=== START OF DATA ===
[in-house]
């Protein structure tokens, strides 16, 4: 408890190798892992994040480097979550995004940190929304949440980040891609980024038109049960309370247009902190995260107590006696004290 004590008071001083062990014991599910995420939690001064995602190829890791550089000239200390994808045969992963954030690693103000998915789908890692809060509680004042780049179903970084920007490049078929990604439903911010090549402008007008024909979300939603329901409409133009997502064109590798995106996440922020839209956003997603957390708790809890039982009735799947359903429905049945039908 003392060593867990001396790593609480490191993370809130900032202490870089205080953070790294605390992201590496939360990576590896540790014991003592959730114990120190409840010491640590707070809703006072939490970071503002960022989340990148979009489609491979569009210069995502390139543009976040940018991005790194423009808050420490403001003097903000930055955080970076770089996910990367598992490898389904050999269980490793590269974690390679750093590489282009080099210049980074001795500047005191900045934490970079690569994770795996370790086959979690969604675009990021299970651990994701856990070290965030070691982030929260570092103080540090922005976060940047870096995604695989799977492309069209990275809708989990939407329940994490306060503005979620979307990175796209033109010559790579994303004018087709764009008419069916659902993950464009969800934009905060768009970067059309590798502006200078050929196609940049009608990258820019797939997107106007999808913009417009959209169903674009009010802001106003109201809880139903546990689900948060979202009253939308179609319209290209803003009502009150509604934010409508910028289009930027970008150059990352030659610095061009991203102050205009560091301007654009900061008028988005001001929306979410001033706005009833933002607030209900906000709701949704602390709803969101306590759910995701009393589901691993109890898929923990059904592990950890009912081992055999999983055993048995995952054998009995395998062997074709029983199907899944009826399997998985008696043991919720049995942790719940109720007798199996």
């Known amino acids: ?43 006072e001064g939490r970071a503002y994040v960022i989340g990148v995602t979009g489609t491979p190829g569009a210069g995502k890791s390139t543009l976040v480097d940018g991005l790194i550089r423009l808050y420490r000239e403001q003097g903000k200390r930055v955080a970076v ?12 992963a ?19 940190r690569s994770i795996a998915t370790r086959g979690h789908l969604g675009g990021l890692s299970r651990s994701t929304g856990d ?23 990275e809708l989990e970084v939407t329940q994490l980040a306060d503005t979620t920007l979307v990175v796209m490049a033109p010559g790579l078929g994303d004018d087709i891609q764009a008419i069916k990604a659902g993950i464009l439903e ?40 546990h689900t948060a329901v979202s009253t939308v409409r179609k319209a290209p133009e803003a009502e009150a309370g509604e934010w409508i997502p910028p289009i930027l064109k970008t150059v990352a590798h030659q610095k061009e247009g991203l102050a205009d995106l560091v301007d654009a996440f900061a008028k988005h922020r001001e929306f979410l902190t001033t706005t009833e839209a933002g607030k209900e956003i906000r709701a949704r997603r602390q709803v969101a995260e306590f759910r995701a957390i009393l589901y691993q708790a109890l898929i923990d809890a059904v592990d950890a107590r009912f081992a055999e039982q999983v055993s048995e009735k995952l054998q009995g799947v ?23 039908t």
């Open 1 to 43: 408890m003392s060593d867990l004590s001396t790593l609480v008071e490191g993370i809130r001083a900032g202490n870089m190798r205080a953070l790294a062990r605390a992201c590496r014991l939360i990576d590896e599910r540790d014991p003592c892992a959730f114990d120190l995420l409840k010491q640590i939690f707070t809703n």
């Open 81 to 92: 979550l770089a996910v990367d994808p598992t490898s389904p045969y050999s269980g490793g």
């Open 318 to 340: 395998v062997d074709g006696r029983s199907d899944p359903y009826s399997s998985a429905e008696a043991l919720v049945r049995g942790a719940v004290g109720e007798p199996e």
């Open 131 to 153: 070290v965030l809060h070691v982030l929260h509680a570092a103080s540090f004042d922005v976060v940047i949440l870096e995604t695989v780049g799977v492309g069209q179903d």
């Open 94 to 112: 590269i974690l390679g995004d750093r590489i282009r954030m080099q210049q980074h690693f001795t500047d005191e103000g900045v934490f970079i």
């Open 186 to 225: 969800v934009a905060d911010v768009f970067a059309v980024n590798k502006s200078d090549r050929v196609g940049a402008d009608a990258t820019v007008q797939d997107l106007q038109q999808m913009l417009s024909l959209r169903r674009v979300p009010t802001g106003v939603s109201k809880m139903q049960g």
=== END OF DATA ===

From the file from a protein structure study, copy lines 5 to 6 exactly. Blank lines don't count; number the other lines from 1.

């Open 81 to 92: 979550l770089a996910v990367d994808p598992t490898s389904p045969y050999s269980g490793g």
């Open 318 to 340: 395998v062997d074709g006696r029983s199907d899944p359903y009826s399997s998985a429905e008696a043991l919720v049945r049995g942790a719940v004290g109720e007798p199996e």